Rape claim sparks baseball bat attack

 

A PAINTER tricked a man to go to his home for boxing lessons and then beat him with a metal bat because he thought he raped his girlfriend.

Hayden Clarke-Smith, 22, left his acquaintance with a swollen knee, bruises to the left side of his body and legs.

No rape complaint was ever made to police.

Clarke-Smith pleaded guilty in the Southport Magistrates Court yesterday((THURS)) to assault occasioning bodily harm.

Police prosecutor Sergeant Erin Livingstone said Clarke-Smith lured the victim to his Pimpama home, telling him he wanted boxing lessons.

Clarke-Smith attacked the man with a baseball bat. Picture: Sarah Matray
Clarke-Smith attacked the man with a baseball bat. Picture: Sarah Matray

She said when the man arrived Clarke-Smith accused him of raping his girlfriend.

"The defendant grabbed a metal baseball located in the kitchen and began to hit his left leg, left side and right leg," Sgt Livingstone said.

The 22-year-old hit the victim about five times.

"While hitting the victim he was yelling and accusing him of raping his girlfriend," Sgt Livingstone said.

"The victim tried to explain he had the wrong information and he did not rape her."

Sgt Livingstone said the man ran from the home and went to police in Logan before going to hospital to get treatment for his injuries.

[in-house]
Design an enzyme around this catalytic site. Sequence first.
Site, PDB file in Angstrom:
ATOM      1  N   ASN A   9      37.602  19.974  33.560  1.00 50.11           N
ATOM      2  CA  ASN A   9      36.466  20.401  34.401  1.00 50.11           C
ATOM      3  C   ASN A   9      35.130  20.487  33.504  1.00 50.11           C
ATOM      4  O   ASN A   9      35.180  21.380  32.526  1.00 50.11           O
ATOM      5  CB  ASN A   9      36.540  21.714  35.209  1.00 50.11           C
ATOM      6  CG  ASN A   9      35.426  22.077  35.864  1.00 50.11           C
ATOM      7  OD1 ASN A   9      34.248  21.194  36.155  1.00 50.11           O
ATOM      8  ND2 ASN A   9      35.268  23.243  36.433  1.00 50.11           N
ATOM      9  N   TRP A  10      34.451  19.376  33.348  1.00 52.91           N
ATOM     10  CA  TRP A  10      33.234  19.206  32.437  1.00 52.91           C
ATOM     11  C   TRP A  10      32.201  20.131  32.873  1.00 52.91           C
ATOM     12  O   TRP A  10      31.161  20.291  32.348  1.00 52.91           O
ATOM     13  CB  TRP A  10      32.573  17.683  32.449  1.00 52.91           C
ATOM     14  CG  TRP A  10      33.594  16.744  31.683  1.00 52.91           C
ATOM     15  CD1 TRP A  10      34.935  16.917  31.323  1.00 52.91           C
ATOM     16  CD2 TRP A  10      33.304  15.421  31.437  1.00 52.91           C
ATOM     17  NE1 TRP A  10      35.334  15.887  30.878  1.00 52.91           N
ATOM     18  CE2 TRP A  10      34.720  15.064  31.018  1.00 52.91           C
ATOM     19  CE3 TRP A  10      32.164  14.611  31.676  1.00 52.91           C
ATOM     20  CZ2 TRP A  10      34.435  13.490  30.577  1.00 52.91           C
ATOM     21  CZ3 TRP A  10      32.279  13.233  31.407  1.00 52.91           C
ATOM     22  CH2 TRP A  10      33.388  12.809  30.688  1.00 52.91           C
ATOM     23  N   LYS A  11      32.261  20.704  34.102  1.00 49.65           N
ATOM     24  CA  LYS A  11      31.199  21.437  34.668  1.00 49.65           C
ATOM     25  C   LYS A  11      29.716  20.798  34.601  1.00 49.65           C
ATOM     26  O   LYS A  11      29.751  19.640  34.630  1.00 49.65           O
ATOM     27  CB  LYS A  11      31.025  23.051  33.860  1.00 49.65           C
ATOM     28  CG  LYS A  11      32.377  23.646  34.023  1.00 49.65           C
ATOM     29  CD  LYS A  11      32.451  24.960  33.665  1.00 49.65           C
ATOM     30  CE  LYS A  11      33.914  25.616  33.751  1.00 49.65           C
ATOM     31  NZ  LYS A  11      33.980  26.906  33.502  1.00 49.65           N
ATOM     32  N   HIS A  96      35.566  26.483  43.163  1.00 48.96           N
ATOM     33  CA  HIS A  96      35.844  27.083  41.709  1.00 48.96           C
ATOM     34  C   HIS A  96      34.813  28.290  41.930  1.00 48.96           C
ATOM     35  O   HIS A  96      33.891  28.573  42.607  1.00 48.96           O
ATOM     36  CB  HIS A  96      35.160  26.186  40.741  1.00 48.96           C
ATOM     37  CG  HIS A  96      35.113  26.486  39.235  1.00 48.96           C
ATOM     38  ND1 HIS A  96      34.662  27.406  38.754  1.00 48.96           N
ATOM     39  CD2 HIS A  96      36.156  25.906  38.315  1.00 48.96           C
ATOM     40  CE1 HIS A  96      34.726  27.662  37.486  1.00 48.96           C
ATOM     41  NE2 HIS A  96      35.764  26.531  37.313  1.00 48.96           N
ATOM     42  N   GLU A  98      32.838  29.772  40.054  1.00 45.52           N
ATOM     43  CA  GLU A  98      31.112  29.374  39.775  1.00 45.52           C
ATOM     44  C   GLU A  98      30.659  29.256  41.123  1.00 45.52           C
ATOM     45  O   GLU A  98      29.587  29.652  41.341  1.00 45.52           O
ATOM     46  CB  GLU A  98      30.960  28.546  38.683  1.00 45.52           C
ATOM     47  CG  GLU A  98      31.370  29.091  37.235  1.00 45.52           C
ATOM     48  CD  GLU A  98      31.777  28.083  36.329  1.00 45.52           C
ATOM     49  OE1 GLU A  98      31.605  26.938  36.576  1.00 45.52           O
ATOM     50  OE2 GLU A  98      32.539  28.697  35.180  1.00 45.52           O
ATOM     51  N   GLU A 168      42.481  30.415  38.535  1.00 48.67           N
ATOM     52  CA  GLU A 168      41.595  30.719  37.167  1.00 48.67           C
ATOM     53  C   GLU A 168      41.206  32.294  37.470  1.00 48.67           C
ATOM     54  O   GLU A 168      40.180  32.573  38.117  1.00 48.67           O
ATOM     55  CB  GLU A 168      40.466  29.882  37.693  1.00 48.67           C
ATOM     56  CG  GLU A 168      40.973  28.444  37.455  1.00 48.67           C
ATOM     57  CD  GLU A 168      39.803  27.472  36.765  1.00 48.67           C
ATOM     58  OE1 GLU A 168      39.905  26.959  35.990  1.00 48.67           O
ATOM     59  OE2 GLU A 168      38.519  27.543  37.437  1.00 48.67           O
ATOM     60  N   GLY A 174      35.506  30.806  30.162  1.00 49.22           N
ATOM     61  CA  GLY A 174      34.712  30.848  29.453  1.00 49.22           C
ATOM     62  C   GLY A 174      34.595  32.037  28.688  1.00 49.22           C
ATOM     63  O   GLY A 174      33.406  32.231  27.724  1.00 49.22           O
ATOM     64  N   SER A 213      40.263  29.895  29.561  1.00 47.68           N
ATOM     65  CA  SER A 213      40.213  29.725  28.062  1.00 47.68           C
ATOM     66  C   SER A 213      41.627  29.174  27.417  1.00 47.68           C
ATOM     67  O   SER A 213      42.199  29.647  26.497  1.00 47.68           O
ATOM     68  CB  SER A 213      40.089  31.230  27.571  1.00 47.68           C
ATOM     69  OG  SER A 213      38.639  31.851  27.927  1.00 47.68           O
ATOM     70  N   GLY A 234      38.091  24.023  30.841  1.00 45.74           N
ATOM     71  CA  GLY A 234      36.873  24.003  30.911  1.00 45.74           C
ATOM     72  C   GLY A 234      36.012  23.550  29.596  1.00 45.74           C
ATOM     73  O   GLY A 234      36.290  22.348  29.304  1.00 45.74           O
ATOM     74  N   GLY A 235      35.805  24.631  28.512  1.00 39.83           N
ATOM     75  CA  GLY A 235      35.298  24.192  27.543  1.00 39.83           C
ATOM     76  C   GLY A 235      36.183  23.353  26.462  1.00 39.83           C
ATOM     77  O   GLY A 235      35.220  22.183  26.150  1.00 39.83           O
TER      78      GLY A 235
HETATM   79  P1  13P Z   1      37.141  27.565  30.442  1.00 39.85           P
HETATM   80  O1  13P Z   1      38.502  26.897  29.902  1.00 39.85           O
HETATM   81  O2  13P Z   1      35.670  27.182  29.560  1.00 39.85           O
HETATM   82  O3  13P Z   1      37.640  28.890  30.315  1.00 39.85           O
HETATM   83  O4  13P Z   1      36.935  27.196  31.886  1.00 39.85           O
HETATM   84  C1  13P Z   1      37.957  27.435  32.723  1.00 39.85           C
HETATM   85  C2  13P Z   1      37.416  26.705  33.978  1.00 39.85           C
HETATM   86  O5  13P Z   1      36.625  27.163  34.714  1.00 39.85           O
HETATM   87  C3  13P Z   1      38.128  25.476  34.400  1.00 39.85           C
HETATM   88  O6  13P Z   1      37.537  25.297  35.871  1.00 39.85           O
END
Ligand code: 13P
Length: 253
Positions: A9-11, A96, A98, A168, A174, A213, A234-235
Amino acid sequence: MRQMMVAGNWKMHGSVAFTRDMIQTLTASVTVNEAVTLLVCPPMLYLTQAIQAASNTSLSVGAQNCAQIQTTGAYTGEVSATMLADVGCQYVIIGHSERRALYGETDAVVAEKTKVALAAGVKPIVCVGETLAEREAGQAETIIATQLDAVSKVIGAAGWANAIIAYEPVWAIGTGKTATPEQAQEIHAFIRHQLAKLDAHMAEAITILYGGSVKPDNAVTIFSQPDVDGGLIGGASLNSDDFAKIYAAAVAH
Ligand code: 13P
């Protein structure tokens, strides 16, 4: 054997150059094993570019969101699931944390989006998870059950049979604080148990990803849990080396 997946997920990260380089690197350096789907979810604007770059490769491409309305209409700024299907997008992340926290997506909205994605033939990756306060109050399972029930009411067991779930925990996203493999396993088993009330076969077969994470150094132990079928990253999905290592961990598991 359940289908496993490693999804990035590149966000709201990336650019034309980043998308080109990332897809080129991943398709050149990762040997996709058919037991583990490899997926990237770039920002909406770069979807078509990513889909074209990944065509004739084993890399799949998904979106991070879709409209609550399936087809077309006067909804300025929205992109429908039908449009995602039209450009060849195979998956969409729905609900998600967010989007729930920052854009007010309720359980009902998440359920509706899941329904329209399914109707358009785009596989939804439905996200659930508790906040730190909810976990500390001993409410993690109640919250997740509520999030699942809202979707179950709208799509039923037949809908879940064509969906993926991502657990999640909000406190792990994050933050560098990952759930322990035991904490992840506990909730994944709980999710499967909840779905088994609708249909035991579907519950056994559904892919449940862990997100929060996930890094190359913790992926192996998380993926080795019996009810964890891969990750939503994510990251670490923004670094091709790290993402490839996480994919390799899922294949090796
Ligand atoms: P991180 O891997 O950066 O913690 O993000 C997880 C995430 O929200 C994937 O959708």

The court was told Clarke-Smith admitted the attack when he spoke to police.

"He said he lost judgment of the situation and he made a mistake," Sgt Livingstone said.

The woman never made a complaint to police about a rape, the court was told.

"There was no charge of rape pursued, there has been no complaint made, there is no evidence that it occurred," she said.

Magistrate Cameron McKenzie placed Clarke-Smith on a $1500 good behaviour bond for two years and no conviction was recorded.

"It is not up to you to force an apology or confession from another party," he said.

No rape complaint was ever made.
No rape complaint was ever made.

Defence lawyer Craig Van Der Hoven, of Armstrong Legal, said it was not Clarke-Smith's intention to assault the man. Rather, he had wanted to confront the victim for an apology.

"With the benefit of hindsight he accepts it was a stupid and naive way to approach things," he said.

Mr Van Der Hoven said Clarke-Smith grabbed the nearest item during the incident because he knew the victim had training in fighting.

He said that item happened to be a metal baseball bat.

"It was not a full size one and it was about a foot long," he said.

Clarke-Smith, who works as a painter, has no previous criminal history.

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